A small-town boy (Jason London) drops out of high school to join the Marines. In uniform on his 18th birthday—and not yet been kissed—he goes to a bar where he's picked up and seduced by a saloon siren with more years and considerably more experience than our young innocent. She's the type you don't bring home to Mama (in this case played by Patty Duke). But that's what London does—after marrying the boozy floozy. Seems she's in a family way.
Their stormy marriage doesn't last long before London is brutally murdered while stationed in Hawaii. That leaves three torturous hours (the fact-based film concludes the following night) for Duke to battle tirelessly for custody of her infant granddaughter and for the conviction of those responsible for her son's death.
Jason London brings an earnestness and fragility to his role that's almost painful to watch (come to think of it, he's like Timothy Hutton was in his younger days). Duke, meanwhile, has acted in a few too many of these Wailing Wall movies. She's lost all subtlety, going at every scene hammer and sobs. It's left to the supporting actors (Martin Sheen, Jeff Kober, Alexandra Powers and Charles S. Dutton) to bring zest to this turgid and trite spectacle. Two nights of this is an unconscionable indulgence.
TWO SOPHOMORE COMEDIES RETURN, totally remodeled. You can also see several lost episodes of another sitcom that never got a second season. First there's Hearts Afire (Wednesdays, 8 p.m. FT) on CBS. The change of locale from Washington to a small Midwestern town has done the John Ritter-Markic Post vehicle a world of good. There's also a valuable addition: Conchata Ferrell (L.A. Law) plays the most cynical comic character in prime time since Dabney Coleman in Buffalo Bill. The same network has recycled Bob (Fridays, 9 p.m. ET) with less success. Bob Newhart has switched professions and got fresh troops (notably Betty White and Jere Burns). The show is still a stiff. Beginning at 4 p.m. ET on Sunday (Nov. 7) over on Comedy Central, they're showing seven episodes of The Famous Teddy Z, five of which never aired before the comedy about Hollywood talent agents died in 1990. Alex Rocco still steals the show with his ferocious performance.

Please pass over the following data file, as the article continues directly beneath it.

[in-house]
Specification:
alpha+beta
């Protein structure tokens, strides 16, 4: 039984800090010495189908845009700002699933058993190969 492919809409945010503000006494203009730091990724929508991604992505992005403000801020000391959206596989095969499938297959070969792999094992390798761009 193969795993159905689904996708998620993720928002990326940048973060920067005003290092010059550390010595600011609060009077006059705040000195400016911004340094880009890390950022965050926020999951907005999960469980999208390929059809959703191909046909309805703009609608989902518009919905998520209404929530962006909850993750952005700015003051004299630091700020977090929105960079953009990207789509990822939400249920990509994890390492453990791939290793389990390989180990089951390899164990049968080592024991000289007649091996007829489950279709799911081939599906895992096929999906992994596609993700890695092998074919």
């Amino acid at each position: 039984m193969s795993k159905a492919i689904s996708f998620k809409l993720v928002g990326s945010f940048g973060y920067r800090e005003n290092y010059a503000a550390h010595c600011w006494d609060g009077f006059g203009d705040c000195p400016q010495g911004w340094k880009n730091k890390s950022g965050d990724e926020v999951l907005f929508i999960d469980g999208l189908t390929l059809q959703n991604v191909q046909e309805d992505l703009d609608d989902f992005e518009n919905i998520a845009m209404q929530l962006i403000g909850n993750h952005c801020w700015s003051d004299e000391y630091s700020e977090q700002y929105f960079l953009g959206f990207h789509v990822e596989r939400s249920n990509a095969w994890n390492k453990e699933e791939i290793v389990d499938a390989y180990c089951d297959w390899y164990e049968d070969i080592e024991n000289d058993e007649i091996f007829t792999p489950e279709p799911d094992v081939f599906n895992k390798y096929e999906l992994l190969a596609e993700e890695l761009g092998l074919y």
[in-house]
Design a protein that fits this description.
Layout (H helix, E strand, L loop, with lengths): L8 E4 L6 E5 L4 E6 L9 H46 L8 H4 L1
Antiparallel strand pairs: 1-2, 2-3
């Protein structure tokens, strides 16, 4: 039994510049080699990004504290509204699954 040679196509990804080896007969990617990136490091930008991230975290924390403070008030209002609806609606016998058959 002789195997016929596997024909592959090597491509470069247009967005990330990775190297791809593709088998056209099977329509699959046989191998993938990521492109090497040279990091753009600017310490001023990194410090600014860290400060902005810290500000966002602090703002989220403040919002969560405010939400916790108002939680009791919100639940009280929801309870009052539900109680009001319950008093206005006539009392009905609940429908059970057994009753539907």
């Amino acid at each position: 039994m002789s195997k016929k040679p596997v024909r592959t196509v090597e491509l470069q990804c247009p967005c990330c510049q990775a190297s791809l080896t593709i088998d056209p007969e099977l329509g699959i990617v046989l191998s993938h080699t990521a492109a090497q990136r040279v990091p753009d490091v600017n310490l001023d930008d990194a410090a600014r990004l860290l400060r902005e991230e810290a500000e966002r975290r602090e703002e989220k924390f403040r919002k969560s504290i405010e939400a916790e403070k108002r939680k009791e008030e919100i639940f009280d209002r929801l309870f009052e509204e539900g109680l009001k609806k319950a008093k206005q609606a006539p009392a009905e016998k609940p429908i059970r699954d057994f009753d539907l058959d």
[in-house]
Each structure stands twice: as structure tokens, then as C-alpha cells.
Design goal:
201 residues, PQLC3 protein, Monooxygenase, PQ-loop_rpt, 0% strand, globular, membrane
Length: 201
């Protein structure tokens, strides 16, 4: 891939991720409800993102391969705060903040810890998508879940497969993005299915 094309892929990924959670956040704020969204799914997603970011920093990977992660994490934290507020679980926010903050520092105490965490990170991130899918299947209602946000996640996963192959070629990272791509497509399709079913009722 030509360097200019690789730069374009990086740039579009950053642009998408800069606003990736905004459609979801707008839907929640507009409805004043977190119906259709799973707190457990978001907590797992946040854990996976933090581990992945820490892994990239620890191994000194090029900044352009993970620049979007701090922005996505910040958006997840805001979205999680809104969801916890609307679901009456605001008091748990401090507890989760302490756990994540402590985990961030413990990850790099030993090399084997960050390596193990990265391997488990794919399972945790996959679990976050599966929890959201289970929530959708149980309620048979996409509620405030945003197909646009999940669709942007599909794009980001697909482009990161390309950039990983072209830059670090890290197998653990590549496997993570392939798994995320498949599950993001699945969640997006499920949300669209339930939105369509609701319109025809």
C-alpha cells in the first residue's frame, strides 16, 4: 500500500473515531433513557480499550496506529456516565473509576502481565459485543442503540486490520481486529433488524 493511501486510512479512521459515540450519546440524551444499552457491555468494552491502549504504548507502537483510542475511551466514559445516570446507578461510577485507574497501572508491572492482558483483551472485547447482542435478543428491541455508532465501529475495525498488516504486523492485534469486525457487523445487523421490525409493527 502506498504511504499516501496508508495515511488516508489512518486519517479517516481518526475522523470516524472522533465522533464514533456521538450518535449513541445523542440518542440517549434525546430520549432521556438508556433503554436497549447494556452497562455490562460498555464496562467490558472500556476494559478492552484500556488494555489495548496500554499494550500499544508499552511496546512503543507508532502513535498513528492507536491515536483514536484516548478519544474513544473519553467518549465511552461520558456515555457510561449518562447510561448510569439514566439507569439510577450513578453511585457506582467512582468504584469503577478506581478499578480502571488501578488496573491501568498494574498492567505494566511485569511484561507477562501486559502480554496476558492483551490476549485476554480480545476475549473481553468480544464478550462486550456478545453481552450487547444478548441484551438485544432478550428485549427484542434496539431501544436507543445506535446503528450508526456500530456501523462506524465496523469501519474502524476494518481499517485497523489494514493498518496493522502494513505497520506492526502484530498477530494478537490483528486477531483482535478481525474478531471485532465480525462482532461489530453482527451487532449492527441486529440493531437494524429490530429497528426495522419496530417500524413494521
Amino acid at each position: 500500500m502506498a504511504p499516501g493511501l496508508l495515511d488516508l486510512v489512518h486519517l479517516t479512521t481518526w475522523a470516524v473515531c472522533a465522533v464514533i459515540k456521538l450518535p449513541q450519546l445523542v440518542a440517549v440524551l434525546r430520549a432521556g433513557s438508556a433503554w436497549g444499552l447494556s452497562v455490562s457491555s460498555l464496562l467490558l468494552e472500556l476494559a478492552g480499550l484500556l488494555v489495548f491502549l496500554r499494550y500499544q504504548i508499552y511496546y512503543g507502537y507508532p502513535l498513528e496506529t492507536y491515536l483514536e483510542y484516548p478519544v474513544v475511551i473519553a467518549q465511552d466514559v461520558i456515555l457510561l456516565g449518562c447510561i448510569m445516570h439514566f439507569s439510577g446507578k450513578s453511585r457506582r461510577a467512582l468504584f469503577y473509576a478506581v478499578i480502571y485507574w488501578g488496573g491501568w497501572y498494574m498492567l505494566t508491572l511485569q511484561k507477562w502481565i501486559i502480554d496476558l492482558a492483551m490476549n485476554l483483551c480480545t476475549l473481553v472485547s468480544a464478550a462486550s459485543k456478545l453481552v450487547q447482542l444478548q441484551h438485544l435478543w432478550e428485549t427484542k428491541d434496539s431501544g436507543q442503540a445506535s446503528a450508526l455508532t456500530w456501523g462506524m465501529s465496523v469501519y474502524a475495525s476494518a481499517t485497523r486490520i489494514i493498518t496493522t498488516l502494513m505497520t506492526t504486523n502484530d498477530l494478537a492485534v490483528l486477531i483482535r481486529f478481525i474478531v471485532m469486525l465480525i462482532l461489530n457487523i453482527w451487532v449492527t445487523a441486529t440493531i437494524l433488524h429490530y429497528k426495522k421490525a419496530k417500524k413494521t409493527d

I look forward to the intrepid new world of 500 channels in every HUT (that's Nielsen-speak for Homes Using Television). But I have some concerns about quality control. Even the four networks, with their vast resources, have trouble filling up three hours of prime time every night with decent shows. Viewing options are already thin as diet lemonade. Imagine what it will be like when we seriously dilute them. Right now I get approximately 50 channels. One of them, as far as I have been able to ascertain, is devoted entirely to an endless loop of a young man with bad hair and skin, sitting at a piano in a rented tux, singing a medley of "I've Got You Under My Skin," "The Girl from Ipanema" and "I'm Gonna Sit Right Down and Write Myself a Letter" with his eyes closed. This lounge lizard had better expand his repertoire, because very soon, by my calculations, he'll have 10 channels all his own.